Ethiopia adopts strict anti-terrorism bill
AFP | July 7, 2009


Meles Zenawi
Meles Zenawi (AFP)
Editor's note - Meles Zenawi has - by way of enacting a draconian bill - further tightened the noose around the neck of the country. The new law is a strong evidence that the anti-Ethiopian dictator would hang onto power indefinitely despite his deceptive responses to the media that he would step down following the 2010 "election."

ADDIS ABABA (AFP) Ethiopia's parliament on Tuesday adopted a new anti-terrorism bill despite criticism by rights groups that the legislation violates civil liberties.

The law, proposed last year after a string of bomb attacks in the capital, comprises 38 sections and paves the way for arrests and searches without court warrants.

The legislation championed by Prime Minister Meles Zenawi was voted for by 286 lawmakers in Ethiopia's 547-seat parliament, 91 against and one abstention, an AFP correspondent reported.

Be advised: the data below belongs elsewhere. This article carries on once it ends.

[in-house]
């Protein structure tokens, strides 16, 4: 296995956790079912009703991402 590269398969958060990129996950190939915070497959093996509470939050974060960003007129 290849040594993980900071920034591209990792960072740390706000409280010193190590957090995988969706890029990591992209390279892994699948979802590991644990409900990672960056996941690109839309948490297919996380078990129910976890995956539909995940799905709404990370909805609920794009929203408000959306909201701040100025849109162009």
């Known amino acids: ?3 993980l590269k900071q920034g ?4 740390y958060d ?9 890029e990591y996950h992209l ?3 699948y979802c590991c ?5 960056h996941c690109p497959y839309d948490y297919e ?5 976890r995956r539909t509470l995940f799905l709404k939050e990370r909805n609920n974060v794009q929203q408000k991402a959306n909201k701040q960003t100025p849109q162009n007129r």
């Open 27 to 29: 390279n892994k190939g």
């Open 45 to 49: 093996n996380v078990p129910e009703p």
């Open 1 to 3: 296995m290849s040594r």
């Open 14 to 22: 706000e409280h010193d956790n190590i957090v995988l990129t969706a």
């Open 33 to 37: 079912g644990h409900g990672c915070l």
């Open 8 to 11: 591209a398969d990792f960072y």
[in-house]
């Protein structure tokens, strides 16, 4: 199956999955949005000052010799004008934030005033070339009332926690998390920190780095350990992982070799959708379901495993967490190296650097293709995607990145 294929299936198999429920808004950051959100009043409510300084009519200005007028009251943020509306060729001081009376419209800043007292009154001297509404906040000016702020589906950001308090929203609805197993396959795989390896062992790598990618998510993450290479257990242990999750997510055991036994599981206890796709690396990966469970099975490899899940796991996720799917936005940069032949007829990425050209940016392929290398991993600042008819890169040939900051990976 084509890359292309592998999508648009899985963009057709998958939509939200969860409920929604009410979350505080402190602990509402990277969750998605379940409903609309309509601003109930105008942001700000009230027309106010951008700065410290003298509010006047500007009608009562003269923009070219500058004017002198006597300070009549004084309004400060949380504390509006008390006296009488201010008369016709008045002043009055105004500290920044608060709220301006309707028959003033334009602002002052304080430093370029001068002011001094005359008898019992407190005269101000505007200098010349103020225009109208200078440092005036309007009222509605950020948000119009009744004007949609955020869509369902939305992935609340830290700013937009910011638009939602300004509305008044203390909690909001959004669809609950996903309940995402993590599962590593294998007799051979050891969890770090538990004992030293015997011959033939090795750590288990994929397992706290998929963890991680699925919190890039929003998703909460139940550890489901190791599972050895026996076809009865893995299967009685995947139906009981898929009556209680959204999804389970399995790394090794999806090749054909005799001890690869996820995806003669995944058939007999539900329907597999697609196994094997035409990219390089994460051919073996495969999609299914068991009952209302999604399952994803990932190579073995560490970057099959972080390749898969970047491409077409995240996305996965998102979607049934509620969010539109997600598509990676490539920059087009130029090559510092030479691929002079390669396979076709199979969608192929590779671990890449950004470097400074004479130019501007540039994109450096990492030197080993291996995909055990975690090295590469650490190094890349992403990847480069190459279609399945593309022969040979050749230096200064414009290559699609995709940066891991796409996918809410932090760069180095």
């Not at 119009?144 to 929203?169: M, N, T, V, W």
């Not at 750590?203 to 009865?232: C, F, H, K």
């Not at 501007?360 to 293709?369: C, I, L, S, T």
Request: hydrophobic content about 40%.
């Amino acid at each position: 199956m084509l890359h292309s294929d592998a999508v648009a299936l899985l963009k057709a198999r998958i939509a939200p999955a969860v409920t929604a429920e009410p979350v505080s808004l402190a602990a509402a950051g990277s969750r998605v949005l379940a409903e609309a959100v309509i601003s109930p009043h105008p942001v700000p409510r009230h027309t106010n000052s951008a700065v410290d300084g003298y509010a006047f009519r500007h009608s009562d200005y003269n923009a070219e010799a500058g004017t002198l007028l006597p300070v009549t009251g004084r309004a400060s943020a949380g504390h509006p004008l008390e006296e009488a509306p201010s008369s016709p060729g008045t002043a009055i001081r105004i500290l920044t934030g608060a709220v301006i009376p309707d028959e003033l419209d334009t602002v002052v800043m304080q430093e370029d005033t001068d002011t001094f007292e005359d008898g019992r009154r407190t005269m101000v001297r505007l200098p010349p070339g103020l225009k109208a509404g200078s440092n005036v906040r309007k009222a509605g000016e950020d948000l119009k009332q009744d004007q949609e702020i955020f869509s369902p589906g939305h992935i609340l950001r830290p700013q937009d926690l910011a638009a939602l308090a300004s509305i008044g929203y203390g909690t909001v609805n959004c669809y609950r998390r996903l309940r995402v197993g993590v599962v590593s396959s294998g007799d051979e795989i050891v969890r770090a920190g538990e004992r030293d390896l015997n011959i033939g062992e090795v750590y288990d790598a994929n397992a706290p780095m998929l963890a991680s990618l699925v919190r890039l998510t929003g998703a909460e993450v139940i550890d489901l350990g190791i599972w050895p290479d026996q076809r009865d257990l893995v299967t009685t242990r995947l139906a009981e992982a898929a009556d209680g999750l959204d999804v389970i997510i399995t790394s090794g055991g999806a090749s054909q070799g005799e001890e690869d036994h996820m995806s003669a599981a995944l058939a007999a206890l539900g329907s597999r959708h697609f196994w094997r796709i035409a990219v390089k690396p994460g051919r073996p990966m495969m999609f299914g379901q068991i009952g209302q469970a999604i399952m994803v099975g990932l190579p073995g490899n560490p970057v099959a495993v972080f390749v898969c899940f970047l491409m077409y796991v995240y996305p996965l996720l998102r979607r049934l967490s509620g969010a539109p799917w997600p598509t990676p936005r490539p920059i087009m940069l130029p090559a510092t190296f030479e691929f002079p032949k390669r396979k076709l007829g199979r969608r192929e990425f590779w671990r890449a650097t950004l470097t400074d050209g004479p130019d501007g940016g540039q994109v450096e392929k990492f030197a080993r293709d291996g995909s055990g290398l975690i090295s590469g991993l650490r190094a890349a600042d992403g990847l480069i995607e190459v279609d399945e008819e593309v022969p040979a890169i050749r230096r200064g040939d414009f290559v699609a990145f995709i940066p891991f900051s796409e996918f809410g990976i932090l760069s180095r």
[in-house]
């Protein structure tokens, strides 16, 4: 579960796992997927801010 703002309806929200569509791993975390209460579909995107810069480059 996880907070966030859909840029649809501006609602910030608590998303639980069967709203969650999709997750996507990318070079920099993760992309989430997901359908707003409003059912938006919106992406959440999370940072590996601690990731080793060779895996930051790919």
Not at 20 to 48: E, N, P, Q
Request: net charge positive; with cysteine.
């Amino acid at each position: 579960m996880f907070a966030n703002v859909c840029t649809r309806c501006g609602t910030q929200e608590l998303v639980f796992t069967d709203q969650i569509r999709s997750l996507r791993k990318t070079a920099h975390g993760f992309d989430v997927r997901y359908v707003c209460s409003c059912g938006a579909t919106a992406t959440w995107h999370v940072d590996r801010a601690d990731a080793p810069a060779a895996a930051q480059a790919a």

"Whosoever writes, edits, prints, publishes, publicises, disseminates, shows, makes to be heard any promotional statements encouraging... terrorist acts is punishable with rigorous imprisonment from 10 to 20 years," it says.

Several opposition members, while insisting they were committed to the fight against terrorism, also criticised the law for being prone to abuse by security forces.

"The law itself terrorises citizens. We are strictly against it," former president and now opposition MP, Negaso Gidada, told AFP.

Last week, the US-based Human Rights Watch said the law broadly defined terrorism, risked muzzling political speech and encouraging unfair trials.

The law is also meant to counter the activities of some separatist groups, who have been blamed by Addis Ababa for carrying out "terror attacks" throughout the Horn of Africa nation.

In recent months, Ethiopia's parliament has passed a series of laws tightening up on the activities of non-governmental organisations, associations and the local media, while most political opponents are in prison or living in exile.

Elections are due in June 2010, five years after disputed polls led to the death of nearly 200 people.


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